The optical and NIR luminous energy output of the Universe : the creation and utilisation of a 9 waveband consistent sample of galaxies using UKIDSS and SDSS observations with the GAMA and MGC spectroscopic datasets
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Theories of how galaxies form and evolve depend greatly on constraints provided by observations. However, when those observations come from different datasets, systematic offsets may occur. This causes difficulties measuring variations in parameters between filters. In this thesis I present the variation in total luminosity density with wavelength in the nearby Universe (z<0.1), produced from a consistent reanalysis of NIR and optical observations, taken from the MGC, UKIDSS and SDSS surveys. I derive luminosity distributions, best-fitting Schechter function parameterisations and total luminosity densities in ugrizYJHK, and compare the variation in luminosity density with cosmic star formation history (CSFH) and initial mass function (IMF) models. I examine the r band luminosity distribution produced using different aperture definitions, the joint luminosity- surface brightness (bivariate brightness) distribution in ugrizYJHK, comparing them to previously derived distributions, and how the total luminosity density varies with wavelength when surface brightness incompleteness is accounted for. I find the following results. (1) The total luminosity density calculated using a non-Sersic (e.g. Kron or Petrosian) aperture is underestimated by at least 15%, (2) Changing the detection threshold has a minor effect on the best-fitting Schecter parameters, but the choice of Kron or Petrosian apertures causes an offset between datasets, regardless of the filter used to define the source list, (3) The decision to use circular or elliptical apertures causes an offset in M* of 0.20 mag, and best-fitting Schechter parameters from total magnitude photometric systems have a flatter faint-end slope than Kron or Petrosian photometry, (4) There is no surface brightness distribution evolution with luminosity for luminous galaxies, but at fainter magnitudes the distribution broadens and the peak surface brightness dims. A Choloniewski function that is modified to account for this surface brightness evolution fits the bivariate-brightness distribution better than an unmodified Choloniewski function, (5) The energy density per unit interval, vf(v) derived using MGC and GAMA samples agrees within 90% confidence intervals, but does not agree with predictions using standard CSFH and IMF models. Possible improvements to the data and alterations to the theory are suggested.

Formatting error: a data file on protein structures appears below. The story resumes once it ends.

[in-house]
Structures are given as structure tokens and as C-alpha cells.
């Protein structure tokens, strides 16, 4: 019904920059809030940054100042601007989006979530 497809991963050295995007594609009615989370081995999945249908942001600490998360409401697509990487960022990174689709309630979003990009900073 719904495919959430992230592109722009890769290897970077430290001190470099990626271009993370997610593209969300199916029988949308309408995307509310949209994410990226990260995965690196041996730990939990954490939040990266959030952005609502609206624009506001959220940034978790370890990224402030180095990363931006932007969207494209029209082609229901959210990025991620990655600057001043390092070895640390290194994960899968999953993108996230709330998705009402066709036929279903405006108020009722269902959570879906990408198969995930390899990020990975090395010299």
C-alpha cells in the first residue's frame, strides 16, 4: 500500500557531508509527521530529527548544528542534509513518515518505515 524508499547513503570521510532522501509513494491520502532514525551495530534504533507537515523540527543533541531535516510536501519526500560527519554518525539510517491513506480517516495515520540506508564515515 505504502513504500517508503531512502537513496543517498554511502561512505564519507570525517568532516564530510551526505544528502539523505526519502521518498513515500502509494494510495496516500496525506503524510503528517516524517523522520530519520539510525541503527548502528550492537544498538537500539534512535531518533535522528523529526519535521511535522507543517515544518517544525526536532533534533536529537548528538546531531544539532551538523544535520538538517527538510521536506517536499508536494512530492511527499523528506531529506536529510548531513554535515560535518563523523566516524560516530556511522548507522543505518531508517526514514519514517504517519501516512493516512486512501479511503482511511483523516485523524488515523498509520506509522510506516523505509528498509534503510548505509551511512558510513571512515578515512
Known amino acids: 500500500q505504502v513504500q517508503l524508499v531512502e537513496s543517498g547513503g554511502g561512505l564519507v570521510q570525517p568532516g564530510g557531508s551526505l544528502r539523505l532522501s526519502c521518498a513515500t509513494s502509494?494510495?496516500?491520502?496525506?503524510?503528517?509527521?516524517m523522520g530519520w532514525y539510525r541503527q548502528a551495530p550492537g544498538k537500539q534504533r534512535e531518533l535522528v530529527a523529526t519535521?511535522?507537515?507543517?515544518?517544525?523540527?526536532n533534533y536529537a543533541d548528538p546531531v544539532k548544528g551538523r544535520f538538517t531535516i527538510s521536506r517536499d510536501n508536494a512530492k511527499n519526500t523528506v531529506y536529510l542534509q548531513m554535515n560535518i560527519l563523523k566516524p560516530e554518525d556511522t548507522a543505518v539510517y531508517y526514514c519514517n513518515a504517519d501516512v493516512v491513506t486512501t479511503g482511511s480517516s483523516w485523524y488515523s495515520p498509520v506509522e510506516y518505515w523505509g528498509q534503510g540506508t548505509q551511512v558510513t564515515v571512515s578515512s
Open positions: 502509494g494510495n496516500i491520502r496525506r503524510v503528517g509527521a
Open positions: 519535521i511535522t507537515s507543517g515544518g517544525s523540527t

Thesis, PhD Doctor of Philosophy
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